[Association between heart rate and all-cause death and coronary event in the Chinese cohort: 16 years follow up results].
To evaluate the association between resting heart rate (HR) and all-cause death and coronary heart disease (CHD) events in the Chinese cohort.
Data were obtained from the PRC-USA Cooperative Study on Cardiovascular and Cardiopulmonary Epidemiology. Baseline screen surveys were conducted in 1983 and 1984 from people aged 35 to 59 years living in urban or rural areas of Beijing and Guangzhou. Follow-up visits were performed for end point events of all-cause death and first CHD events every two years till 2005. Resting HR was determined from 5 consecutive intervals between R waves on the 12-lead electrocardiogram.
A total of 9856 (4805 males) people were included in the study and the mean follow up duration was 16.2 years. There were 1523 deaths, including 200 CHD events during the follow up period. Mean resting HR was 67.9 beat per minute (bpm) in men and 71.6 bpm in women respectively which had a trend to increase with aging. Cox Proportional Hazards model indicated the relative risk of all-cause death increased constantly with the increase of HR percentile after control of age, fasting glucose, serum cholesterol, serum triglyceride, body mass index, systolic blood pressure and diastolic blood pressure. With HR 60-89 bpm as control group, the relative risk and 95% confidence interval in group HR < 50 bpm, 50 - 59 bpm, 90 - 99 bpm and > or = 100 bpm were 0.76 (0.49 - 1.17), 0.87 (0.75 - 1.02), 1.33 (1.06 - 1.68), 1.48 (1.03 - 2.14) respectively. However there was no significant correlation between HR and CHD events in studied population.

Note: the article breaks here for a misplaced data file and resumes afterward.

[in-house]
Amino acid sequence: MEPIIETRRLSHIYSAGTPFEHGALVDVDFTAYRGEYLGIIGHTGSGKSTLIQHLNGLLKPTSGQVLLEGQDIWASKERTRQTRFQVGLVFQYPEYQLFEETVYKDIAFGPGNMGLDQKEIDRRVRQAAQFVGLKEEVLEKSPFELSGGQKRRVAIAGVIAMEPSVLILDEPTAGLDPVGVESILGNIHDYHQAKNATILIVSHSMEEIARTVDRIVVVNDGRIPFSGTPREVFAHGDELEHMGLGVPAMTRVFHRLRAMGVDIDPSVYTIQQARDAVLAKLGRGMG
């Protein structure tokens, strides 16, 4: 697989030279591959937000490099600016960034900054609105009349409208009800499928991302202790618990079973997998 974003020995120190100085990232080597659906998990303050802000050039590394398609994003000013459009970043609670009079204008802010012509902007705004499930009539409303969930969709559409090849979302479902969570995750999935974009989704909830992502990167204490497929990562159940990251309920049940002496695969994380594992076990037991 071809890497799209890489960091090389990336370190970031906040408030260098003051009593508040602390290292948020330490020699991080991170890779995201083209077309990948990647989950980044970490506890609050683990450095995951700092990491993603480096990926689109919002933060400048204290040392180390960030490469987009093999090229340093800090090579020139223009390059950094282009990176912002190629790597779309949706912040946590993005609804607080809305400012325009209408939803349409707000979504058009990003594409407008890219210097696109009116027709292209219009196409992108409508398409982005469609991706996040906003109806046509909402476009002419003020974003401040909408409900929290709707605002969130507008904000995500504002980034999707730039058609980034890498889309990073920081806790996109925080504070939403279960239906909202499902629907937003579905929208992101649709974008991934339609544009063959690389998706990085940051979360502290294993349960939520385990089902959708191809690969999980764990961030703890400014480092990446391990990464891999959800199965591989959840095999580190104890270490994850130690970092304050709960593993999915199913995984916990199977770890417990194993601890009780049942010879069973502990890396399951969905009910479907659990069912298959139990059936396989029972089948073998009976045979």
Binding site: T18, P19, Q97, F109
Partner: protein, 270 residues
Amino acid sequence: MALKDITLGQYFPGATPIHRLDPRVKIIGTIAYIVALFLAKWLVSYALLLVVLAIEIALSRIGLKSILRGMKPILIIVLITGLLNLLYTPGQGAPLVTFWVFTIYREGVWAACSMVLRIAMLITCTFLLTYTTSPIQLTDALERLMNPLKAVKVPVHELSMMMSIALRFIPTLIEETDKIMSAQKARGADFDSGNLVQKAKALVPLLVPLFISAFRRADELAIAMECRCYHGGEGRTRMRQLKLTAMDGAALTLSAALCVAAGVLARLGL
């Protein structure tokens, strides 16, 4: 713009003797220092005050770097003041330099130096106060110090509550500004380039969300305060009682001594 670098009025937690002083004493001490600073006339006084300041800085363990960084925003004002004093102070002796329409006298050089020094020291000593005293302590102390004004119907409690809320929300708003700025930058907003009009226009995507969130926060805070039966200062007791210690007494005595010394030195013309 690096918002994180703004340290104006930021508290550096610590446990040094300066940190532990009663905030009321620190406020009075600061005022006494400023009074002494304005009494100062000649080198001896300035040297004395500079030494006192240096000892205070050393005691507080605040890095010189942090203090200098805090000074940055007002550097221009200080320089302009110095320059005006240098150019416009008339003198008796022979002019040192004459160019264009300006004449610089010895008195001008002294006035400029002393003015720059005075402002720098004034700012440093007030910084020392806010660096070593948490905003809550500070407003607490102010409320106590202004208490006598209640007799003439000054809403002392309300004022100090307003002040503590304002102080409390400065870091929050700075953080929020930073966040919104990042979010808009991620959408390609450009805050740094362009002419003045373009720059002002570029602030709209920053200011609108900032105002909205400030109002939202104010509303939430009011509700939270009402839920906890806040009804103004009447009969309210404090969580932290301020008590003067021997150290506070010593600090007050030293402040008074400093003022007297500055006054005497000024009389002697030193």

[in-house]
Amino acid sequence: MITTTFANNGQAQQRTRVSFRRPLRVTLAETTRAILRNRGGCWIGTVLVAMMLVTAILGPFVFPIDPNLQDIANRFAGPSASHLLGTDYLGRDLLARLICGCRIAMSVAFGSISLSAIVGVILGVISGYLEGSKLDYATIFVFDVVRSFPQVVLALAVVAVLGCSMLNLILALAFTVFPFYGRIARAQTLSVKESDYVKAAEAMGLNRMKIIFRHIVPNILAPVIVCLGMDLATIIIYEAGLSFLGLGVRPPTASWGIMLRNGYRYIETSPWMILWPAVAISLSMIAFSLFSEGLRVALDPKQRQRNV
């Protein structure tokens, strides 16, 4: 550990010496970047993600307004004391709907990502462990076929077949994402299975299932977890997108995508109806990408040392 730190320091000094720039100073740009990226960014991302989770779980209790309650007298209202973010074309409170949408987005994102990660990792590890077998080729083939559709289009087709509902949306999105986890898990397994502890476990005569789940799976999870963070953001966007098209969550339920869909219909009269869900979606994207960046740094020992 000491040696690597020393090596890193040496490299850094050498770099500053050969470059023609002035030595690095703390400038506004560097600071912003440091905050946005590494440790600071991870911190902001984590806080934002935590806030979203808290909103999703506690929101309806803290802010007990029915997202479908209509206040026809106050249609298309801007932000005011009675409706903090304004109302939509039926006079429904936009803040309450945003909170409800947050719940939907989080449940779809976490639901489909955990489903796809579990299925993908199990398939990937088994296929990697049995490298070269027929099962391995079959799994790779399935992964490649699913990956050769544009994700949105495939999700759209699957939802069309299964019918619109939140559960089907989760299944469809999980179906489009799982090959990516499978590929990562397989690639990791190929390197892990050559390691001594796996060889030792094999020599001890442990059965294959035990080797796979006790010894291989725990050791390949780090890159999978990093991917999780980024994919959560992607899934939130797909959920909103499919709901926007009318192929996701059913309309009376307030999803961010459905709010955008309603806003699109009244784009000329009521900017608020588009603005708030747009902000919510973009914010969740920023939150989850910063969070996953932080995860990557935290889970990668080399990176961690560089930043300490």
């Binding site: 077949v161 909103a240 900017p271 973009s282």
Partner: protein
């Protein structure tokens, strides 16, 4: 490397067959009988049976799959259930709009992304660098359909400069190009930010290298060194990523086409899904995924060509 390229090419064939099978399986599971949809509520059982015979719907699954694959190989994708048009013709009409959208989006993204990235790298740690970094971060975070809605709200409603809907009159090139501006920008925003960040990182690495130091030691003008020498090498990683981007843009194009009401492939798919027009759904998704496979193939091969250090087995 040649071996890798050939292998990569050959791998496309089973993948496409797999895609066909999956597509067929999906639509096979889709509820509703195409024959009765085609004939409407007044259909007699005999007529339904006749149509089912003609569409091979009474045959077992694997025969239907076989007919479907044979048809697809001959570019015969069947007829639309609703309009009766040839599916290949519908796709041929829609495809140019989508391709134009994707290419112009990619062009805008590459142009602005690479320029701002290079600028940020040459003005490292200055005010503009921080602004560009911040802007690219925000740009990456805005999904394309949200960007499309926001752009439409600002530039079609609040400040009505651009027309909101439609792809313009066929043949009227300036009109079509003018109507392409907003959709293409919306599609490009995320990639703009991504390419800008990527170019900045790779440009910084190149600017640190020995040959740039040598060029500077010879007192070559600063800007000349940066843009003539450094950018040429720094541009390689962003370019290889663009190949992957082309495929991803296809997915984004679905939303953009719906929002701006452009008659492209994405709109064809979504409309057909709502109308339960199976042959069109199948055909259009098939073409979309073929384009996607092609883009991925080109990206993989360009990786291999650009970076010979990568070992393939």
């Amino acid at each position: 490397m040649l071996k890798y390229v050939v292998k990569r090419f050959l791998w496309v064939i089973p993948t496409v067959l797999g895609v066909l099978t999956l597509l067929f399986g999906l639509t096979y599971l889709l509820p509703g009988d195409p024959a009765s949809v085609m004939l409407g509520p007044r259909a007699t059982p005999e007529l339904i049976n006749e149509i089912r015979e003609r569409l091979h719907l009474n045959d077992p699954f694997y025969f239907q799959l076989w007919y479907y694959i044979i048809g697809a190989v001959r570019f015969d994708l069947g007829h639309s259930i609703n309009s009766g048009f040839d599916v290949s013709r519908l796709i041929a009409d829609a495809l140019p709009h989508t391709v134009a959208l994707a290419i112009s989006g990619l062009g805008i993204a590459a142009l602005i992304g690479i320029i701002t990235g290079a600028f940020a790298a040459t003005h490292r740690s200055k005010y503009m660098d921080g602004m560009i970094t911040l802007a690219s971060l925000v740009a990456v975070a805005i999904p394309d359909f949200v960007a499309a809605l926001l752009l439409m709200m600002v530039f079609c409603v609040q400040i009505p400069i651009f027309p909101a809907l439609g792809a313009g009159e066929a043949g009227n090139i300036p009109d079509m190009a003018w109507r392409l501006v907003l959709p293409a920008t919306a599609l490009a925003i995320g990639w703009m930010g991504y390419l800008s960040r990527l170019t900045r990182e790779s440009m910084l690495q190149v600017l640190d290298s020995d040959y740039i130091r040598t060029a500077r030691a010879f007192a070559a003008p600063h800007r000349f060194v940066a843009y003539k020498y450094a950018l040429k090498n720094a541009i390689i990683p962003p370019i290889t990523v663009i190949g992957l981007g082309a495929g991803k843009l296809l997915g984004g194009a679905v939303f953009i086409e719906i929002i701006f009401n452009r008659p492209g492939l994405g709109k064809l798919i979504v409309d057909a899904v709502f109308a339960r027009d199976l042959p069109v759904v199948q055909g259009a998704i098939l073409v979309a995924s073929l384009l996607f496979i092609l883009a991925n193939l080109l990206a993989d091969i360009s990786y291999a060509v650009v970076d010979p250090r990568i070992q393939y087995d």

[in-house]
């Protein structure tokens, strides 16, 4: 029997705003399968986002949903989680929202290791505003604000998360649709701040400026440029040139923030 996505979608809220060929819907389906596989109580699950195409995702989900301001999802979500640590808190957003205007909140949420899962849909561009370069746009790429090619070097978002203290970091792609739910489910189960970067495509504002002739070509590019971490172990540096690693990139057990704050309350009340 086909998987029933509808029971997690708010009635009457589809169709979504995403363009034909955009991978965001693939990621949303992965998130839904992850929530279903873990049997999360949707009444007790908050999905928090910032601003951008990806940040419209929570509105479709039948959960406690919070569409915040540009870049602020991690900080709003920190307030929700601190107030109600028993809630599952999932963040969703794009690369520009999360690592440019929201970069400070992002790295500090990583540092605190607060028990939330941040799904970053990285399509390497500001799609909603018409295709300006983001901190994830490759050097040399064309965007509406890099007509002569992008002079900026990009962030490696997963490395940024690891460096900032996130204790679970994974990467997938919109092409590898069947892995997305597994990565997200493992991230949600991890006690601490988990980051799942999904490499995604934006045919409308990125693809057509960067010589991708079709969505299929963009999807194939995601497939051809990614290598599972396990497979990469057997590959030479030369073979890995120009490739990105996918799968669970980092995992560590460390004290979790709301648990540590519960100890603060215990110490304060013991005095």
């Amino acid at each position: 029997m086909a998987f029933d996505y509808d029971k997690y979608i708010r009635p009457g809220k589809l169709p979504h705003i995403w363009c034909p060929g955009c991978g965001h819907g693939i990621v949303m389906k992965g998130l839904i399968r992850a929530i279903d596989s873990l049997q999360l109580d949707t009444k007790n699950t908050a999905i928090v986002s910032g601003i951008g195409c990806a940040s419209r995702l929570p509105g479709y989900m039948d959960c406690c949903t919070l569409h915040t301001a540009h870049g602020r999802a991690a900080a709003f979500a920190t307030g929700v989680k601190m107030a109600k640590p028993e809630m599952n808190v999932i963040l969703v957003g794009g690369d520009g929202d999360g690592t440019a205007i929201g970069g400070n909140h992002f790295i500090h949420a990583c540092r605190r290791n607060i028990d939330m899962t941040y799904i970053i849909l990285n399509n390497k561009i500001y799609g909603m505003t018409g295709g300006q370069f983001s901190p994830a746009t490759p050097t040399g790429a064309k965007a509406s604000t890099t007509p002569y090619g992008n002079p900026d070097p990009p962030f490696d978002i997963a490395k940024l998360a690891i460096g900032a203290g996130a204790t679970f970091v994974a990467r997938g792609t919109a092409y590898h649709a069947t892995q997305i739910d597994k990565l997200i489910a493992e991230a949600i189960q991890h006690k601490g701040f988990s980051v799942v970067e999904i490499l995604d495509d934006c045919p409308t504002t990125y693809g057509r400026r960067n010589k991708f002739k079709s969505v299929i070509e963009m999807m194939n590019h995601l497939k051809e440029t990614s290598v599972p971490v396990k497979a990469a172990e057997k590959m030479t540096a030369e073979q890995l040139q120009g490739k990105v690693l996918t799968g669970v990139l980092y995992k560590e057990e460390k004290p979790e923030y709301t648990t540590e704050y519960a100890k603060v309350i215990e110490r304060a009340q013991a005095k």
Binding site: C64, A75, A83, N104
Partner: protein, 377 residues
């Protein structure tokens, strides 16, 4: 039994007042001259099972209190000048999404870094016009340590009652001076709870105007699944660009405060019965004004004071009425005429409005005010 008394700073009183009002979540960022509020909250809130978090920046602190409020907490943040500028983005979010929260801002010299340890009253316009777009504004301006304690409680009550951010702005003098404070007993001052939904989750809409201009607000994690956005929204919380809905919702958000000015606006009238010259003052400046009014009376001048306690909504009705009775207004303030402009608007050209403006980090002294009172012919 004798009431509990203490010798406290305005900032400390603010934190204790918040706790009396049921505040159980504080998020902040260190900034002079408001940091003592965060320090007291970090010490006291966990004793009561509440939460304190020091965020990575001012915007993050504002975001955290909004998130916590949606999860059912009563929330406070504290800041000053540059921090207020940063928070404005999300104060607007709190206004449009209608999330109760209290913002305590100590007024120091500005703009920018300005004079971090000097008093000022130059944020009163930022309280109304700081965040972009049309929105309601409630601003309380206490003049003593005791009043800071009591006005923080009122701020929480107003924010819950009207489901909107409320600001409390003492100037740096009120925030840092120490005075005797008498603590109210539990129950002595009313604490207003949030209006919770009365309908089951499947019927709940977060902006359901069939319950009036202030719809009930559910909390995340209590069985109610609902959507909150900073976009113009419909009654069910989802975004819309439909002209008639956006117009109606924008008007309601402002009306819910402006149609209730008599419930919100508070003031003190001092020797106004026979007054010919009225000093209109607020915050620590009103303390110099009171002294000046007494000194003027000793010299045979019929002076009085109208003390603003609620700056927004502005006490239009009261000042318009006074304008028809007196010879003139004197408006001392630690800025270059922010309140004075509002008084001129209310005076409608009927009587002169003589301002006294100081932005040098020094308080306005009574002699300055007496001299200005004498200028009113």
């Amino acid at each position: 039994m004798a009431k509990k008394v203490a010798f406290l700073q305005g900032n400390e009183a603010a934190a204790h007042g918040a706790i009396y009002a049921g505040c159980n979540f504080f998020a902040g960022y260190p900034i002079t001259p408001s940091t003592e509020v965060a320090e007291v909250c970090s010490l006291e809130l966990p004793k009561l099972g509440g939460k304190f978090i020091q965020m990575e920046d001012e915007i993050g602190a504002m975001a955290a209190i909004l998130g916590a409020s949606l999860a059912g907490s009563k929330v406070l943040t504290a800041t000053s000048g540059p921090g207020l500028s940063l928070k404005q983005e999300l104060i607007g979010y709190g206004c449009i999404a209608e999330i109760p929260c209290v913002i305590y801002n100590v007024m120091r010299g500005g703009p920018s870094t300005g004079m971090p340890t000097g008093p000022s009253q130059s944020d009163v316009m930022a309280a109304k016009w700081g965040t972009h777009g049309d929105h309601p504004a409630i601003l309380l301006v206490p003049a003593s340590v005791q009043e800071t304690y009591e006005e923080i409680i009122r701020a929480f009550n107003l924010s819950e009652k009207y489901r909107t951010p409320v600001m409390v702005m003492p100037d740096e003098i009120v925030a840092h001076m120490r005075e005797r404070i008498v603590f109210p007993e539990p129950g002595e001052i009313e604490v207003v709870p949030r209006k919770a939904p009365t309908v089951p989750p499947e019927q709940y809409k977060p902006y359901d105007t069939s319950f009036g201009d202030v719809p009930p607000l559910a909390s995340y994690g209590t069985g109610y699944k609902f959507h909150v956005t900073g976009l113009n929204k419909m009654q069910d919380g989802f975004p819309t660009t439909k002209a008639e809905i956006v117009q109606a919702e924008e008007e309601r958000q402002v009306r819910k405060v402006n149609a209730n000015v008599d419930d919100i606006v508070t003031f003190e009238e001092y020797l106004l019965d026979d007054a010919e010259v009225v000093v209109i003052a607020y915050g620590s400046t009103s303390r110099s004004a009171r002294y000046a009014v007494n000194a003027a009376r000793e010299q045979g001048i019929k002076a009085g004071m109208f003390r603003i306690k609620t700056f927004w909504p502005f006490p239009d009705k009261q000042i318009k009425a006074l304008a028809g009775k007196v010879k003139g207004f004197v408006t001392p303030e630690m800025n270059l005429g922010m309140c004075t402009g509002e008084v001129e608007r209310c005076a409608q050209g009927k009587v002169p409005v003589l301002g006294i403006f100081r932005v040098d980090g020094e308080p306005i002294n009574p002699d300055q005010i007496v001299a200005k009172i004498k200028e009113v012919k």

The risk of total death increased significantly in people with HR > or = 90 bpm suggesting higher resting heart rate might be an independent risk factor for all-cause death in the Chinese population.
Available from: Antonio Cabrera De Leon
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ABSTRACT: Heart rate reflects autonomic nervous system activity. Numerous studies have demonstrated that an increased heart rate at rest is associated with cardiovascular morbidity and mortality as an independent risk factor. It has been shown a link between cardiac autonomic balance and inflammation. Thus, an elevated heart rate produces a micro-inflammatory response and is involved in the pathogenesis of endothelial dysfunction. In turn, decrease in heart rate produces benefits in congestive heart failure, myocardial infarction, atrial fibrillation, obesity, hyperinsulinemia, insulin resistance, and atherosclerosis. Alteration of other heart rate-related parameters, such as their variability and recovery after exercise, is associated with risk of cardiovascular events. Drugs reducing the heart rate (beta-blockers, calcium antagonists and inhibitors of If channels) have the potential to reduce cardiovascular events. Although not recommended in healthy subjects, interventions for reducing heart rate constitute a reasonable therapeutic goal in certain pathologies.
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